In yet another chapter of an ongoing scandal, the Asahi Shimbun has published an exposè revealing that contractors accused of underpaying decontamination workers were tipped off before a “surprise” visit by government investigators. Late last year, Asahi published a series of stories uncovering shoddy workmanship by decontamination contractors, in which workers were ordered to throw radioactive materials in rivers and forests, rather than disposing of them properly. In addition, many did not receive government-mandated hazard pay designated for decontamination workers. In November, inspectors from the Ministry of Health, Labour, and Welfare interviewed workers at 110 contracting firms.  Asahi has now discovered that those companies were told when inspectors would arrive, and in turn, some ordered workers to lie about having received hazard pay. If workers refused, they were told that not only would they lose their jobs, but their coworkers would be fired as well. At least two workers have now come forward and admitted that they lied under duress. Tatsuo Ito, who heads the Tomioka Labor Standards Inspection Office, has admitted to informing staff at Maeda Corporation, one of the contracting firms, of the surprise inspections. And, at one Koriyama contracting firm, a supervisor was recorded telling workers, “You workers will likely be interviewed in an individual basis. I’d be pleased if you told the full amount, not the actual amount you are receiving… The correct answer is 15,700 yen, which is the minimum wage plus the allowance. Each of you may have your own questions, but I hope you will behave in consideration of what could happen to other people,” he said. Such behavior violates Japan’s Labor Standards Law. Analysts believe that the number of affected workers will likely increase.

Records show that Japan’s Internal Affairs and Communications Ministry urged officials at the Ministry of Economy, Trade, and Industry (METI) to upgrade emergency off-site control centers (OFCs) at several nuclear power plants, including TEPCO’s Fukushima Daiichi plant, as early as 2009. However, officials from the now-defunct Nuclear and Industrial Safety Agency (NISA), which operated under the umbrella of METI, said that a Chernobyl-like disaster was impossible at any of Japan’s nuclear power facilities. Internal Affairs officials warned that the OFCs, located within 10 km of their respective plants, lacked ventilation systems to shield workers there from high levels of radiation. NISA reportedly said that Chernobyl “was an accident that occurred at a nuclear plant with different design concepts from Japan’s,” adding, “Filters aren’t needed” and “The OFCs have no flaws.” After the meltdowns at Fukushima, TEPCO workers and officials were forced to evacuate the emergency command center when radiation levels surged. In retrospect, one NISA official admitted, “The [NISA] safety guideline at the time stipulated that ‘It is very unlikely that an accident similar to the Chernobyl disaster will occur.’ We followed that view. However, it was a big mistake.”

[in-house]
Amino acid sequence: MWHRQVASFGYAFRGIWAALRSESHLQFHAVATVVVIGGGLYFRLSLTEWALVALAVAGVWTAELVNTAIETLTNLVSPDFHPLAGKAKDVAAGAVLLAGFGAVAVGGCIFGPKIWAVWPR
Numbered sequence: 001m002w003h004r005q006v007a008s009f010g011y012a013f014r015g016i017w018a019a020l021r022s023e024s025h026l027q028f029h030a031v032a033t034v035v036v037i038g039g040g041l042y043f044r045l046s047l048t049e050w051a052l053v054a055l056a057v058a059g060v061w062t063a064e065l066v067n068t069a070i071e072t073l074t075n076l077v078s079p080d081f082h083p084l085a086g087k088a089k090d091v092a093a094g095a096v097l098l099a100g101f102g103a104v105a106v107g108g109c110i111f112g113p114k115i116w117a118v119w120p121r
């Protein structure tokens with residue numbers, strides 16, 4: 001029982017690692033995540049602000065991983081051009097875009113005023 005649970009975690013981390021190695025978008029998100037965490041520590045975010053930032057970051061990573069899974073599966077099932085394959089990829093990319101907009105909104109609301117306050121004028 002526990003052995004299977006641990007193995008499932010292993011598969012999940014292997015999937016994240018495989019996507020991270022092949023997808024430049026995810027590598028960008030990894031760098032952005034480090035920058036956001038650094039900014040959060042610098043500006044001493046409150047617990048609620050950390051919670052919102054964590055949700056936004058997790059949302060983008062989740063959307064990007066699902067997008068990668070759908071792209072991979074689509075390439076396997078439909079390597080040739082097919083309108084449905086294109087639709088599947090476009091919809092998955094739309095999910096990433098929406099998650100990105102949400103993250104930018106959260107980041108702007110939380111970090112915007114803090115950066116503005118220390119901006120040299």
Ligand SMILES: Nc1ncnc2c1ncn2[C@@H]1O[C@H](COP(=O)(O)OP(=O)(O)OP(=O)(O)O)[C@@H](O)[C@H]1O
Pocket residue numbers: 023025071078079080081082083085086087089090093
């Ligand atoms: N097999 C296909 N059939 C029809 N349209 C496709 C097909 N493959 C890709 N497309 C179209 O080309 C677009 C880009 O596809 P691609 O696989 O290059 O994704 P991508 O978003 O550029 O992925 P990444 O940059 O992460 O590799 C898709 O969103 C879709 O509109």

Prime Minister Shinzo Abe visited residents of Fukushima Prefecture this week, observing, “I am reminded that the nuclear disaster has had a significant impact.” He added, “I would like to decide [on restarts] after thoroughly ensuring their safety.” Abe is determined to restart nuclear reactors in Japan despite widespread public opposition to nuclear power and has highlighted the economics of nuclear power, rather than the human costs. “It will be difficult to recover [from the disaster] if there aren’t stable sources of electricity,” he said. Meanwhile, Abe has shown little interest in investing in renewable energy sources.

Demonstrating ongoing opposition to nuclear power two years after the Fukushima crisis first began to unfold, approximately 7,000 residents gathered at a gymnasium at the Asuma Sports Park in Fukushima City, to rally against restarting nuclear reactors in Japan. “We who have gone through the pain of the nuclear disaster have a mission to tell many people about it, so that the memory of the disaster does not fade,” said Sakura Takano, a Minamisoma high school student who spoke at the rally.